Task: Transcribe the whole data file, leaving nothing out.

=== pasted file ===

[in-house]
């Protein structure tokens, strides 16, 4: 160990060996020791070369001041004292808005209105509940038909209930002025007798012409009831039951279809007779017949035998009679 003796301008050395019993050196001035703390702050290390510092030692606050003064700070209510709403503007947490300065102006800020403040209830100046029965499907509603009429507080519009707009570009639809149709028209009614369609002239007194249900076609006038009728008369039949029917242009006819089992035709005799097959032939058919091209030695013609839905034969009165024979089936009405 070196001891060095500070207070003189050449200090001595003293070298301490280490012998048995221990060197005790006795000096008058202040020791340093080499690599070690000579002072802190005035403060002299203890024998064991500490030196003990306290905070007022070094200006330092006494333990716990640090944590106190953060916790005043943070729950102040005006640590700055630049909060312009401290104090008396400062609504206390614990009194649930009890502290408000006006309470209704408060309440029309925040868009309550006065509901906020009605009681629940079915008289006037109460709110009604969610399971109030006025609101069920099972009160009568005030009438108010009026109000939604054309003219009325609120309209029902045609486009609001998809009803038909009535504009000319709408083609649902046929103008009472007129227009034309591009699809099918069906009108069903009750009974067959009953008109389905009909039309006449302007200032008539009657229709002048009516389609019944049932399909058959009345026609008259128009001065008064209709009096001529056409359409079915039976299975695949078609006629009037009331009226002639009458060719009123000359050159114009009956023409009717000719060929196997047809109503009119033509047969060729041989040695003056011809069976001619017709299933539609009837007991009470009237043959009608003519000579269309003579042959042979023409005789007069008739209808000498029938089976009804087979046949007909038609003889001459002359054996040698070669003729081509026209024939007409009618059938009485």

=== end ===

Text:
[in-house]
């Protein structure tokens, strides 16, 4: 160990060996020791070369001041004292808005209105509940038909209930002025007798012409009831039951279809007779017949035998009679 003796301008050395019993050196001035703390702050290390510092030692606050003064700070209510709403503007947490300065102006800020403040209830100046029965499907509603009429507080519009707009570009639809149709028209009614369609002239007194249900076609006038009728008369039949029917242009006819089992035709005799097959032939058919091209030695013609839905034969009165024979089936009405 070196001891060095500070207070003189050449200090001595003293070298301490280490012998048995221990060197005790006795000096008058202040020791340093080499690599070690000579002072802190005035403060002299203890024998064991500490030196003990306290905070007022070094200006330092006494333990716990640090944590106190953060916790005043943070729950102040005006640590700055630049909060312009401290104090008396400062609504206390614990009194649930009890502290408000006006309470209704408060309440029309925040868009309550006065509901906020009605009681629940079915008289006037109460709110009604969610399971109030006025609101069920099972009160009568005030009438108010009026109000939604054309003219009325609120309209029902045609486009609001998809009803038909009535504009000319709408083609649902046929103008009472007129227009034309591009699809099918069906009108069903009750009974067959009953008109389905009909039309006449302007200032008539009657229709002048009516389609019944049932399909058959009345026609008259128009001065008064209709009096001529056409359409079915039976299975695949078609006629009037009331009226002639009458060719009123000359050159114009009956023409009717000719060929196997047809109503009119033509047969060729041989040695003056011809069976001619017709299933539609009837007991009470009237043959009608003519000579269309003579042959042979023409005789007069008739209808000498029938089976009804087979046949007909038609003889001459002359054996040698070669003729081509026209024939007409009618059938009485």